Here in South Florida, we have a lot of unmarried senior couples, in “second-time around” relationships, cohabiting with each other. The reasons for not remarrying vary.
Although Florida is not a common law marriage state, bare cohabiting can leave some important things up in the air – or up to a judge. A cohabitation agreement may avoid either outcome and facilitate clarity and control.
The agreement can set out household financial arrangements and expectations in the event of death or breakup.
The agreement, with companion documents, can give a cohabitant medical decision-making authority they would not otherwise have.
The agreement, with companion documents, can give the right to manage business / financial affairs of the cohabitant in the event the cohabitant is unable to do so.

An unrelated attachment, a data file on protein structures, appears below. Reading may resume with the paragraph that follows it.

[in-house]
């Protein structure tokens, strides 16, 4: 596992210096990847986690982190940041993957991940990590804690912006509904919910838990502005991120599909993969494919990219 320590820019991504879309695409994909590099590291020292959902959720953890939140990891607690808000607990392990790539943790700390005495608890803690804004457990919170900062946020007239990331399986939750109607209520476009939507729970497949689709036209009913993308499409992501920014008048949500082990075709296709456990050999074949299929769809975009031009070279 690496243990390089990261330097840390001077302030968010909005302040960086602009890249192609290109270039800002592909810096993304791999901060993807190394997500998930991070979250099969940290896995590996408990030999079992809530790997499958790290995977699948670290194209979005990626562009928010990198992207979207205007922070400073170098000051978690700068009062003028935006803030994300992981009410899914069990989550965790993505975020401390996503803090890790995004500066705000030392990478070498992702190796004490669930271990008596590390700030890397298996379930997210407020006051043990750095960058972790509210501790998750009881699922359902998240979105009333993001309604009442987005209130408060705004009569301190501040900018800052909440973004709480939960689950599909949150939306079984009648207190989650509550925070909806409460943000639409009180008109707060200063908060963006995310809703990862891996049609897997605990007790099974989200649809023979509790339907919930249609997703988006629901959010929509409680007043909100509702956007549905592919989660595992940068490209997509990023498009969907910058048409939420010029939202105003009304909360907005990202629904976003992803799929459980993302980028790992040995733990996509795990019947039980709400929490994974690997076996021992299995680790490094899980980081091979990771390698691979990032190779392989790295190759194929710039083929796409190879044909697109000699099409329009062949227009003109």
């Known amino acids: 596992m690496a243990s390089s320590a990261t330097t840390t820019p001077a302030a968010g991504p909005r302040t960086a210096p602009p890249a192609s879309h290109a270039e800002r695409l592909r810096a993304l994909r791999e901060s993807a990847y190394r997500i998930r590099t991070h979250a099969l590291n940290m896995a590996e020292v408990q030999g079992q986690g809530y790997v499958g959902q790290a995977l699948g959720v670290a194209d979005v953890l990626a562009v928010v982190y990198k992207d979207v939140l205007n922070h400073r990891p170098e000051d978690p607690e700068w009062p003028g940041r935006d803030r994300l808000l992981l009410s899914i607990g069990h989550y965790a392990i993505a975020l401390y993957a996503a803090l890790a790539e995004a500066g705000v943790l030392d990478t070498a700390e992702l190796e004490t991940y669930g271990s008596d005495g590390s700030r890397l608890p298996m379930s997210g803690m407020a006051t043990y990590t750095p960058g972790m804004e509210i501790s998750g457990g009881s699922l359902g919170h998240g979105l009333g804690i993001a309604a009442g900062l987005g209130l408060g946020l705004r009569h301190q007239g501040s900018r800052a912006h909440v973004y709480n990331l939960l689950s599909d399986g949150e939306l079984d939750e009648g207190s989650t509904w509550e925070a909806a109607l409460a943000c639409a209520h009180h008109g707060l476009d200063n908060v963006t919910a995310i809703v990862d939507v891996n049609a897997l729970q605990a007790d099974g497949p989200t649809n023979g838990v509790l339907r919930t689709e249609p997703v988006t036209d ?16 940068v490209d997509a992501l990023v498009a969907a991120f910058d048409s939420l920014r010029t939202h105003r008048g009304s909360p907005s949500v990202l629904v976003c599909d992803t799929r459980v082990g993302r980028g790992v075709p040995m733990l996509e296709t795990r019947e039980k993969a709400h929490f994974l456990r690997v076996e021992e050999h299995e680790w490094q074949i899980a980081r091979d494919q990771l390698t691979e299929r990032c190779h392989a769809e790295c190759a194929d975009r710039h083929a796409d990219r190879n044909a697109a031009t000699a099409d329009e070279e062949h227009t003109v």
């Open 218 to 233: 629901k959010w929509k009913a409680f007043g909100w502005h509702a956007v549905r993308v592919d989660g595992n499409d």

The agreement, with companion documents, can provide for disposition of part or all of an estate to a cohabitant.
Little is automatic for an unmarried couple and extra effort may be required to “take care of” the surviving cohabitant – if that is the intention.
A cohabitation agreement is a starting point toward that goal, but not the ending point.
Although it is not specfic to Florida, more can be read in this ElderLawAnswers’ article – Cohabiting Seniors: Protect Your Rights.